Romney Faces Uphill Battle for Evangelical Voters

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Former Massachusetts governor Mitt Romney's conversion to conservatism has left many unconvinced. Eric Rowley/Getty Images hide caption

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Mitt Romney

Former Massachusetts governor Mitt Romney's conversion to conservatism has left many unconvinced.

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Lindsay Mangum, NPR

Nearly a half-century after John F. Kennedy broke the Catholic barrier to the presidency, Mitt Romney is attempting a similar feat.

His Mormon faith raises the fur of some conservative Christians. Many evangelical believers — a group that Romney must win over to prevail in the primaries — say the Church of Jesus Christ of Latter-day Saints is not Christianity.

A Bumpy Campaign Trail

At a forum in Des Moines, Iowa, on Saturday, other Republican hopefuls such as Sam Brownback and Mike Huckabee spoke repeatedly about their Christian faith. Mitt Romney barely mentioned God, much less the Church of Latter-day Saints. Instead, he invoked Ronald Reagan, the military, the economy and family.

The former governor of Massachusetts — the first state to legalize gay marriage — Romney drew the biggest applause with this line: "I believe every child deserves a mom and a dad, and I think it's critical for our nation that we put in place a federal amendment that protects the sanctity of marriage."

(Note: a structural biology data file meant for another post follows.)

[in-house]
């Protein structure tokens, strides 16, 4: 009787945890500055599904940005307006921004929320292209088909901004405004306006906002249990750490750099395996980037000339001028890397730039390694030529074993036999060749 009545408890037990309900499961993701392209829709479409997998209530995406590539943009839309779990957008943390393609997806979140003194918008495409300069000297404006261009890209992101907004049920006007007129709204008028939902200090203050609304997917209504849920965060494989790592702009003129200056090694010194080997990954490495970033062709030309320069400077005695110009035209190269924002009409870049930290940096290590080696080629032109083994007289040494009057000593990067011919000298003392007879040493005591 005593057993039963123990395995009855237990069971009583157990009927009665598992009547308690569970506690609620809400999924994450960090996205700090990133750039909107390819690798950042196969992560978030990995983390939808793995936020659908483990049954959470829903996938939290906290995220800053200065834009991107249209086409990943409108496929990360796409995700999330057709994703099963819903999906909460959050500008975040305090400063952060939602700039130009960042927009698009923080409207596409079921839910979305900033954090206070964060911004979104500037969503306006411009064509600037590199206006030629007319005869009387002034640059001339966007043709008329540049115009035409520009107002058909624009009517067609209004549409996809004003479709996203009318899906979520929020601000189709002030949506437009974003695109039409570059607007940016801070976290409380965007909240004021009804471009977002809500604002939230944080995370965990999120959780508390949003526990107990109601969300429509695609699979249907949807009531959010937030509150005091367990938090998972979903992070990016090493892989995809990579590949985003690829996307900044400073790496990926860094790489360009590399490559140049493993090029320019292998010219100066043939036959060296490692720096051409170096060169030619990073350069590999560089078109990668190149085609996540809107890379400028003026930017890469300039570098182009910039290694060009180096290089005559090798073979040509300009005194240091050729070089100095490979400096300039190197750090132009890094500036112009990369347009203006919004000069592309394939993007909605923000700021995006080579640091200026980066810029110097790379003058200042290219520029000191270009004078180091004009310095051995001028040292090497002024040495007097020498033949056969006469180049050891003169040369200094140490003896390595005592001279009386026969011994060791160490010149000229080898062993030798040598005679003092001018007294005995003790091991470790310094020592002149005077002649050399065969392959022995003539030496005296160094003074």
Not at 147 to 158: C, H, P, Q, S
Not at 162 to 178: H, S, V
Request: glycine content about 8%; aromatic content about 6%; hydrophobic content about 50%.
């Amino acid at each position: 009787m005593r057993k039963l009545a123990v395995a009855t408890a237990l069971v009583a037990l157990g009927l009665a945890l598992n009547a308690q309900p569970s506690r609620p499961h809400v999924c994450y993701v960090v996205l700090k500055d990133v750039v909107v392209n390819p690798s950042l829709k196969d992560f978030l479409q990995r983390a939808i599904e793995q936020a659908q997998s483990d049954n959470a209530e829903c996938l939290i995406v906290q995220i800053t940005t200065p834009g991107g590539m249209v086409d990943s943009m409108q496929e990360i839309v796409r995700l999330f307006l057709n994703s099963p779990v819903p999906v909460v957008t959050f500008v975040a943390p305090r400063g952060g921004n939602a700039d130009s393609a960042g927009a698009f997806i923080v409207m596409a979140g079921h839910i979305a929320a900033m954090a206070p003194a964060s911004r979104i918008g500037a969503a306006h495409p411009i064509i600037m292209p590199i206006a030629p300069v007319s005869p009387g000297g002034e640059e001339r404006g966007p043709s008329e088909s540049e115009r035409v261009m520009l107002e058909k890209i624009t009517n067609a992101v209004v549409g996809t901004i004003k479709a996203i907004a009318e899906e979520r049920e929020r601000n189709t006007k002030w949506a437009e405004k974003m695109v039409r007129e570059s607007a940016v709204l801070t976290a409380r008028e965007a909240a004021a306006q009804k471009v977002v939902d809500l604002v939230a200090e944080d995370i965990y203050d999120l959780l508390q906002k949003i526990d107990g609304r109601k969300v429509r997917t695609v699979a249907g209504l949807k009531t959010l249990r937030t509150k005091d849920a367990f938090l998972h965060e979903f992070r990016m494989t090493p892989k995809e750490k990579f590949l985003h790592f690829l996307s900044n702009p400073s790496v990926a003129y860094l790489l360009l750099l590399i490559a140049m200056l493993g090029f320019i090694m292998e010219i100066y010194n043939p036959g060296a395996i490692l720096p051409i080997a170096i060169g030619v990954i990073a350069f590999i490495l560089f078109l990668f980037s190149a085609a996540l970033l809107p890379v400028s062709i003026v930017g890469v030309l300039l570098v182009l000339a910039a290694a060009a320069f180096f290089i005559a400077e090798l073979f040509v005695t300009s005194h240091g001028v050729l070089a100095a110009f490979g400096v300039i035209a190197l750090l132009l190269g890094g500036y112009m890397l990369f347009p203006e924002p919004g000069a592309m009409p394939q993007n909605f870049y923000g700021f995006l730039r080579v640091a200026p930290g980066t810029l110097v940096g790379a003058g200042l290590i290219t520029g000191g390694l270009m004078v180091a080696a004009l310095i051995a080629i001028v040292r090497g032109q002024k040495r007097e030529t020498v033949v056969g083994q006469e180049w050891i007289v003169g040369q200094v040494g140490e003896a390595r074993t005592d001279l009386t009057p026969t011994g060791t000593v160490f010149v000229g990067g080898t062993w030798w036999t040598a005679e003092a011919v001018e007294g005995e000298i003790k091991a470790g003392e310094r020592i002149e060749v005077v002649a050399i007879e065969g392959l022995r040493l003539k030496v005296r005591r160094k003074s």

For Romney, this was not the easiest crowd, filled with pro-life Christians who, polls show, often vote along religious lines. Reaction to Romney was mixed.

Mary Doren, a stay-at-home mom, said Romney's Mormon faith was a deal breaker.

"I'm a Christian," Doren said. "I don't think a Mormon or a Catholic is a Christian."

Suzanne Clackey, who home schools her children, echoed similar theological concerns.

"My understanding is they don't believe in the triune God, and so that would bother me," she said.

But others, like Amy Neihaw, argued that Romney's values trump religion.

"I'm familiar with the religion," Neihaw said. "And although I don't believe it, their morals are very biblical — as far as I can tell — and he supports the issues that I care about."

A Conversion to Conservatism

Some conservative voters wonder about the depth of Romney's sincerity on litmus-test issues such as gay marriage and abortion.

When Romney was running against Sen. Edward Kennedy in the 1994 Massachusetts Senate race, he wrote the Log Cabin Republicans a letter in which he stated: "I am more convinced than ever that, as we seek to establish full equality for America's gay and lesbian citizens, I will provide more effective leadership than my opponent."

On abortion, the bright line for evangelicals, Romney's own words have come to haunt him. In a 1994 debate with Kennedy, Romney said: "I believe that abortion should be safe and legal in this country. I believe that since Roe v. Wade has been the law for 20 years, we should sustain and support it. And I sustain and support that law and the right of a woman to make that choice."

At the time, Romney insisted he would not impose his personal morals on others. But now that he is running for president, more than a decade later, his philosophy has turned 180 degrees.

"I proudly follow a long line of converts — George Herbert Walker Bush, Ronald Reagan, Henry Hyde — just to name a few," Romney told pro-life activists in June. "I'm evidence that your work, that your relentless campaign to promote the sanctity of human life, bears fruit."